I originally wrote this for my youth newsletter at the beginning of school several years ago. I thought it might be appropriate for some of us today.Â
The first definition of stress at dictionary.comÂ that is not about emphasizing is this: “the physical pressure, pull, or other force exerted on one thing by another.” That is a mechanical definition, typically used to describe the forces on a car in an accident or an airplane at takeoff. But it pretty accurately also describes the stress we feel – forces exerted on us by another. It’s that time of year when there seems so much to do at work, school, home, friend dramas, financial obligations, and… well you could probably name a couple of others.
Stress cannot be avoided. So, what can we do when we’re stressed out?
- Keep your priorities in order. Remember what is most important. It is very easy to find ourselves stressed out over things that in the long run don’t really matter. A good dose of perspective can help.
- Try not to look at ALL you have to do, but tackle each individual task that needs to be accomplished. You can’t move a rock pile, but you can move one rock at a time.
- Talk it out with someone you trust. There’s something about “getting it off your chest” (another burden image we use when talking about stress) that can do wonders for us. Some of us think best when we’re talking, so talk.
- Listen to Jesus. Remember the words of Jesus when he said, “Are you tired? Worn out? Burned out on religion? Come to me. Get away with me and you’ll recover your life. I’ll show you how to take a real rest. Walk with me and work with me—watch how I do it. Learn the unforced rhythms of grace. I won’t lay anything heavy or ill-fitting on you. Keep company with me and you’ll learn to live freely and lightly” (Matthew 11:28-30 Msg, italics added).
Let’s take a look at an example from Jesus’ life (see Matthew 14). Following his cousin John the Baptist’s death, Jesus looks to get away. He gets in a boat headed for a secluded place, but like a celebrity of today, his leaving doesn’t go unnoticed. The first centuryÂ paparazzi meet him as he gets out of the boat. Upon seeing the crowd “he was overcome with pity and healed their sick” (Matthew 14:14, Msg).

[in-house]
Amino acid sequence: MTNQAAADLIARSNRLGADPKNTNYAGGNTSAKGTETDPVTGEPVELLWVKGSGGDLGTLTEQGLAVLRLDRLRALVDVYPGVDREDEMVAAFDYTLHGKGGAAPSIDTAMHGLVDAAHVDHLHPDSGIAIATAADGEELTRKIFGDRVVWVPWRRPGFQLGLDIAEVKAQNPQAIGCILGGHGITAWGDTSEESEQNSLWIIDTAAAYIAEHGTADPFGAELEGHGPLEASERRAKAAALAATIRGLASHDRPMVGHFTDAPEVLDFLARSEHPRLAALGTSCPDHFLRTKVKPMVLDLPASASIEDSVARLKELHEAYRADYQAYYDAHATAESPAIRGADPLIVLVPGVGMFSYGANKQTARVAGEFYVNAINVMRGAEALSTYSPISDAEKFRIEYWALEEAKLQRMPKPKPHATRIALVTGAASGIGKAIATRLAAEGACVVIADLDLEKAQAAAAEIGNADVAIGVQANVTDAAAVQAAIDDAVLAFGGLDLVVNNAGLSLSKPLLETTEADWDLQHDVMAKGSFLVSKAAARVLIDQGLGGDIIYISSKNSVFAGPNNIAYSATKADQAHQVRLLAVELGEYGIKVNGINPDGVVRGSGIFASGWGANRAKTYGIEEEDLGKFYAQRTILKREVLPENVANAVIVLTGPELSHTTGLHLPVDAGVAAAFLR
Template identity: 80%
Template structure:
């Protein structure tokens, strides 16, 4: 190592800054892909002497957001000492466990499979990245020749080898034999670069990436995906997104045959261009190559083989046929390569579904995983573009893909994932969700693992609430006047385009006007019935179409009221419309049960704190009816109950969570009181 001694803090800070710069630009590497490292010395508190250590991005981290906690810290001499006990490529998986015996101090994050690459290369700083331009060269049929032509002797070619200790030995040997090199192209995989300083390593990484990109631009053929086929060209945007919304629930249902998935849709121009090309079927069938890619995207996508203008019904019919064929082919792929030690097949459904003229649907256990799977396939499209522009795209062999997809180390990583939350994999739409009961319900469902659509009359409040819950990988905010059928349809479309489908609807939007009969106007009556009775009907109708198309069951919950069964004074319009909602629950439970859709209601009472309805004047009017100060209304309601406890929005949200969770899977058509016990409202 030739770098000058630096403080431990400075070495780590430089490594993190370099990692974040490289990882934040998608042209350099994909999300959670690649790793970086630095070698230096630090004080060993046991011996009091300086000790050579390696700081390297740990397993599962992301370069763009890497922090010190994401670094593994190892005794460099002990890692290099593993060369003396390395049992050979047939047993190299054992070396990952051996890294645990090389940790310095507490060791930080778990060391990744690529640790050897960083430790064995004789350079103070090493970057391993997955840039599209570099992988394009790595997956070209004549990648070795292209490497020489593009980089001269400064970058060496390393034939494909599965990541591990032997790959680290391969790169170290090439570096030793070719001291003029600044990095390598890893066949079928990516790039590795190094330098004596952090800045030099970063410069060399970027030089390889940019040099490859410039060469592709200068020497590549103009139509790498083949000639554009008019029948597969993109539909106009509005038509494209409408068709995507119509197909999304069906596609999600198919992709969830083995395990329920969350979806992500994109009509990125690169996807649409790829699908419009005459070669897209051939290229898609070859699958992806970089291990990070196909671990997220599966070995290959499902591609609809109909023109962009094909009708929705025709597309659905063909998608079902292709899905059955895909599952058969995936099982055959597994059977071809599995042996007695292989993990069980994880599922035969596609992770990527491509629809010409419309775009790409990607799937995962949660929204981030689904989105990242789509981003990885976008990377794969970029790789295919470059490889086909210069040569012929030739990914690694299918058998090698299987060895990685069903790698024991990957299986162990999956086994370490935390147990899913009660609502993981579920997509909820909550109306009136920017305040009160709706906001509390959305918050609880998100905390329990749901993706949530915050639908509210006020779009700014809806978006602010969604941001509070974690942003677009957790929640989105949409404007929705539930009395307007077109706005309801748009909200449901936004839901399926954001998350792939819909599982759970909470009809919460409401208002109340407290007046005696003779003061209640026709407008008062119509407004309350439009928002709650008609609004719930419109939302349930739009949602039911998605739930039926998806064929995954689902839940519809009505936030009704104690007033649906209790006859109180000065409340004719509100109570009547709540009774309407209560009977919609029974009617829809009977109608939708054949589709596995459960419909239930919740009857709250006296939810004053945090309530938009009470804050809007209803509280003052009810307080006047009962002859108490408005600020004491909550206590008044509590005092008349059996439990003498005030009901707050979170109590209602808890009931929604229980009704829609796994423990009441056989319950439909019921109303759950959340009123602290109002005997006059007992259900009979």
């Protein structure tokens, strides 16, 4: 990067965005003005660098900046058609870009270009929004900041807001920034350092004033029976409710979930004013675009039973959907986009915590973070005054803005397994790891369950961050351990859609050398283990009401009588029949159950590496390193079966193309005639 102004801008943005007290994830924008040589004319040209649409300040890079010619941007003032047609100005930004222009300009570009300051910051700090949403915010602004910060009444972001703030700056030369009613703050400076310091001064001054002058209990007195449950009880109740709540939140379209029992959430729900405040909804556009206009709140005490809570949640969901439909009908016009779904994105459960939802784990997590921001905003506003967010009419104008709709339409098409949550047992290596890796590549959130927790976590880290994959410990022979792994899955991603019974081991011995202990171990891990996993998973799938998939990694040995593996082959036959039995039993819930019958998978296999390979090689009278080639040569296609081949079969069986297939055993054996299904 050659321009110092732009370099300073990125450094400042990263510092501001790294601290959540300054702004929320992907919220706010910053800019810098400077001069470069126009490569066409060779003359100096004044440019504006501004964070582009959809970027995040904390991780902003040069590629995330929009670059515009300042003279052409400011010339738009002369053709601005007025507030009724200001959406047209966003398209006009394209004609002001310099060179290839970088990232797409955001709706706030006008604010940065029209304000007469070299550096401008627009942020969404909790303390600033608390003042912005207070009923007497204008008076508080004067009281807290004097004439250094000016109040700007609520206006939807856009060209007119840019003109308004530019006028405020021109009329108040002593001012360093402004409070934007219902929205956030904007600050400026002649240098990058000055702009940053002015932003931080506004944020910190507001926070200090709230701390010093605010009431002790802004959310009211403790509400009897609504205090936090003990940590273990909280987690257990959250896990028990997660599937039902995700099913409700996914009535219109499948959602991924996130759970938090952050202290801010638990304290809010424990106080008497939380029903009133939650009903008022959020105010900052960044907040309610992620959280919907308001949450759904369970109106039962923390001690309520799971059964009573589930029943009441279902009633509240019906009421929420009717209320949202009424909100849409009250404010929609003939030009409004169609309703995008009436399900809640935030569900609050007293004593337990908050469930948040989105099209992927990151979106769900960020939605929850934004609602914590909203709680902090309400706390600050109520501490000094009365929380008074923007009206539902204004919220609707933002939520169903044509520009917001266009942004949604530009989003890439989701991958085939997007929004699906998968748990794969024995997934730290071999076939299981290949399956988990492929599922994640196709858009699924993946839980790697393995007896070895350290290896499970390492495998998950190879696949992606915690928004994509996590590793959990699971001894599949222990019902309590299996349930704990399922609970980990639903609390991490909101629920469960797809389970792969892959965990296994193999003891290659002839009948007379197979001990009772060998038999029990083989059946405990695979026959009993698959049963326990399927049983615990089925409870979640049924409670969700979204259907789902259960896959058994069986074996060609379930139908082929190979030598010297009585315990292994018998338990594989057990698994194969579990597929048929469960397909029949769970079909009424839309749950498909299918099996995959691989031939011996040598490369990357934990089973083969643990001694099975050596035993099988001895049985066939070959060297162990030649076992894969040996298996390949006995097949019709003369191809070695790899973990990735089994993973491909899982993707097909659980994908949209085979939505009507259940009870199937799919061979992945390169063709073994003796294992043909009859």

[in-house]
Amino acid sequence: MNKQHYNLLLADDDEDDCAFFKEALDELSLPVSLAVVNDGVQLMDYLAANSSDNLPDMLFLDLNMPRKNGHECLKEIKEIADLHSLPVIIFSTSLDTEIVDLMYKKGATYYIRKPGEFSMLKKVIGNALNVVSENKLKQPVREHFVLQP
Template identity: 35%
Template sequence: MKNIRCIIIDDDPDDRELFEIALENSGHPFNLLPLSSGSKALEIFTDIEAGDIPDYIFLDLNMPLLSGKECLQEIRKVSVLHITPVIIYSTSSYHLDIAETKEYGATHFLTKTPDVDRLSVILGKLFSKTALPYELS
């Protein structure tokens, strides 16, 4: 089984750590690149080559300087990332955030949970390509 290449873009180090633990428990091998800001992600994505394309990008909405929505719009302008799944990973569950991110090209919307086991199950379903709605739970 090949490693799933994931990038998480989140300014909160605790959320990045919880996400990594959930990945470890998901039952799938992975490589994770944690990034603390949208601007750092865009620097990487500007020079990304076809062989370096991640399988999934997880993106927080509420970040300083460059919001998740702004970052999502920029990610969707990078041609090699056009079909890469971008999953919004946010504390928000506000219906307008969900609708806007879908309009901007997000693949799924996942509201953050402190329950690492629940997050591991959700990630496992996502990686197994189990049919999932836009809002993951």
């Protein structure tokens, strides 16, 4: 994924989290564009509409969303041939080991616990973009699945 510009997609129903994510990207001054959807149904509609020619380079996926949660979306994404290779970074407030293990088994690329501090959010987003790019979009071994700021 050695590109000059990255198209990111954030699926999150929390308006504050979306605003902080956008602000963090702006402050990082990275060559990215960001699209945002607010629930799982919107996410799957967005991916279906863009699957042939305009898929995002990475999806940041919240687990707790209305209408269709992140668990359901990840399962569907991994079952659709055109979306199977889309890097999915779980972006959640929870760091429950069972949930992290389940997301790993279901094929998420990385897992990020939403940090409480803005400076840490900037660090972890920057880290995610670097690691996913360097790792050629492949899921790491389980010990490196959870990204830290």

Jesus needed time away, but recognized the needs of the people and he went with what was presented to him. After several hours of healing, someone tells Jesus that it’s suppertime. I think the disciples were hoping Jesus would use this as an opportunity to end this and finally get the away time they all need. Instead, Jesus takes the time to feed the people. Jesus is flowing with the rhythm of grace.
After supper, Jesus sends the disciples off on a boat by themselves providing them with some “alone time.” He spends a few more minutes with the crowd then dismissed them. The story continues, “With the crowd dispersed, he climbed the mountain so he could be by himself and pray. He stayed there alone, late into the night” (Matthew 14:23, Msg). Finally Jesus takes the time he needs to grieve and process what has happened.
Jesus could have stressed out. He could have exploded on the crowd when they arrived. No one could have blamed him for saying something like, “Not now. Give me some space. I am mourning the death of a close relative. I’ll help you tomorrow. I need some me-time.” But Jesus doesn’t react. He moves with the unforced rhythms of grace. In the end, this gives Jesus the ability to meet the needs of the crowd, the disciples, and himself.
The next time you feel the pressure, pull, or other forces being exerted upon you by another, follow the example of Jesus. Learn the unforced rhythms of grace, and learn to live freely and lightly.